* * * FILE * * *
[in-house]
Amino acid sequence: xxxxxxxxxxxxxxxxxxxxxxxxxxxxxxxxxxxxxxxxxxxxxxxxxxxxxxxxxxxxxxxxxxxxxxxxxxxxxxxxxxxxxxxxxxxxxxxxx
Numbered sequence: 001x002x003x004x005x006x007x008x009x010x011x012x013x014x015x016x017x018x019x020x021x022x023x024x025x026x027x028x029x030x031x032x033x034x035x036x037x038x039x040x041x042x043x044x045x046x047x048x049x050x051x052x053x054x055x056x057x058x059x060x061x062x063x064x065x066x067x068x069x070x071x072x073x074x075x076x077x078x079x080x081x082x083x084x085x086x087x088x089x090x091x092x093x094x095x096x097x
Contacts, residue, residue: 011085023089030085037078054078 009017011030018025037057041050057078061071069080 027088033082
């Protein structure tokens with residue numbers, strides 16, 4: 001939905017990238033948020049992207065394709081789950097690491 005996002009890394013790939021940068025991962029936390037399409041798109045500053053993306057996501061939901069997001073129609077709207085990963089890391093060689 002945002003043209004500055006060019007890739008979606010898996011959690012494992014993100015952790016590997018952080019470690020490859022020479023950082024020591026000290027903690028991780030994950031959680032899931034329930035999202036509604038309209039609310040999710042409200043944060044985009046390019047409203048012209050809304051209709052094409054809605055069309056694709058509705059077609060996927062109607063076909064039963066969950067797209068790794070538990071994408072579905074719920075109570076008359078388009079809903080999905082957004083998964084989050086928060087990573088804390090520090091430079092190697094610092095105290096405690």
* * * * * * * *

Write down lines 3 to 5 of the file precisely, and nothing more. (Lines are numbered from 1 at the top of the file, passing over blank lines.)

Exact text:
Numbered sequence: 001x002x003x004x005x006x007x008x009x010x011x012x013x014x015x016x017x018x019x020x021x022x023x024x025x026x027x028x029x030x031x032x033x034x035x036x037x038x039x040x041x042x043x044x045x046x047x048x049x050x051x052x053x054x055x056x057x058x059x060x061x062x063x064x065x066x067x068x069x070x071x072x073x074x075x076x077x078x079x080x081x082x083x084x085x086x087x088x089x090x091x092x093x094x095x096x097x
Contacts, residue, residue: 011085023089030085037078054078 009017011030018025037057041050057078061071069080 027088033082
């Protein structure tokens with residue numbers, strides 16, 4: 001939905017990238033948020049992207065394709081789950097690491 005996002009890394013790939021940068025991962029936390037399409041798109045500053053993306057996501061939901069997001073129609077709207085990963089890391093060689 002945002003043209004500055006060019007890739008979606010898996011959690012494992014993100015952790016590997018952080019470690020490859022020479023950082024020591026000290027903690028991780030994950031959680032899931034329930035999202036509604038309209039609310040999710042409200043944060044985009046390019047409203048012209050809304051209709052094409054809605055069309056694709058509705059077609060996927062109607063076909064039963066969950067797209068790794070538990071994408072579905074719920075109570076008359078388009079809903080999905082957004083998964084989050086928060087990573088804390090520090091430079092190697094610092095105290096405690």